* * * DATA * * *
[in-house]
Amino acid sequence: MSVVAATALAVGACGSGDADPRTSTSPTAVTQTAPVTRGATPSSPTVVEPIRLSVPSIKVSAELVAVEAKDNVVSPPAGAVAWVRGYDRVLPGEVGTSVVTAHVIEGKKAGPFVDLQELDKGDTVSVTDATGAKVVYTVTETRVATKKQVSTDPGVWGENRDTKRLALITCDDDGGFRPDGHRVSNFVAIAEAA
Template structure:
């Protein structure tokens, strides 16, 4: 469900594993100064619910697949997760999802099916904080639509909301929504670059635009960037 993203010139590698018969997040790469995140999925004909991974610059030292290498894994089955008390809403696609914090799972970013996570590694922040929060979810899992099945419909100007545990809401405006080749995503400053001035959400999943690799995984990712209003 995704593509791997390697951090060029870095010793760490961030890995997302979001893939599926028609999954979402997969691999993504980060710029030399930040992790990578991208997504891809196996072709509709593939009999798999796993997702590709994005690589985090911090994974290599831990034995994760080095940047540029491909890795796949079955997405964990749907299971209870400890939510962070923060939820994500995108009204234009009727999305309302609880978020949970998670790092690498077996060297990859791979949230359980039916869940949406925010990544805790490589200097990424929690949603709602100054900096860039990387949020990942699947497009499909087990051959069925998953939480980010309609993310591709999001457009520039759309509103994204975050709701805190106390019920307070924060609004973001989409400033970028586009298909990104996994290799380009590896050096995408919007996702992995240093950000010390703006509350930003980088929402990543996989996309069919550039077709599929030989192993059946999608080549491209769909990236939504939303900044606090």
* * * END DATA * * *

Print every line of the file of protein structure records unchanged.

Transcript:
[in-house]
Amino acid sequence: MSVVAATALAVGACGSGDADPRTSTSPTAVTQTAPVTRGATPSSPTVVEPIRLSVPSIKVSAELVAVEAKDNVVSPPAGAVAWVRGYDRVLPGEVGTSVVTAHVIEGKKAGPFVDLQELDKGDTVSVTDATGAKVVYTVTETRVATKKQVSTDPGVWGENRDTKRLALITCDDDGGFRPDGHRVSNFVAIAEAA
Template structure:
């Protein structure tokens, strides 16, 4: 469900594993100064619910697949997760999802099916904080639509909301929504670059635009960037 993203010139590698018969997040790469995140999925004909991974610059030292290498894994089955008390809403696609914090799972970013996570590694922040929060979810899992099945419909100007545990809401405006080749995503400053001035959400999943690799995984990712209003 995704593509791997390697951090060029870095010793760490961030890995997302979001893939599926028609999954979402997969691999993504980060710029030399930040992790990578991208997504891809196996072709509709593939009999798999796993997702590709994005690589985090911090994974290599831990034995994760080095940047540029491909890795796949079955997405964990749907299971209870400890939510962070923060939820994500995108009204234009009727999305309302609880978020949970998670790092690498077996060297990859791979949230359980039916869940949406925010990544805790490589200097990424929690949603709602100054900096860039990387949020990942699947497009499909087990051959069925998953939480980010309609993310591709999001457009520039759309509103994204975050709701805190106390019920307070924060609004973001989409400033970028586009298909990104996994290799380009590896050096995408919007996702992995240093950000010390703006509350930003980088929402990543996989996309069919550039077709599929030989192993059946999608080549491209769909990236939504939303900044606090």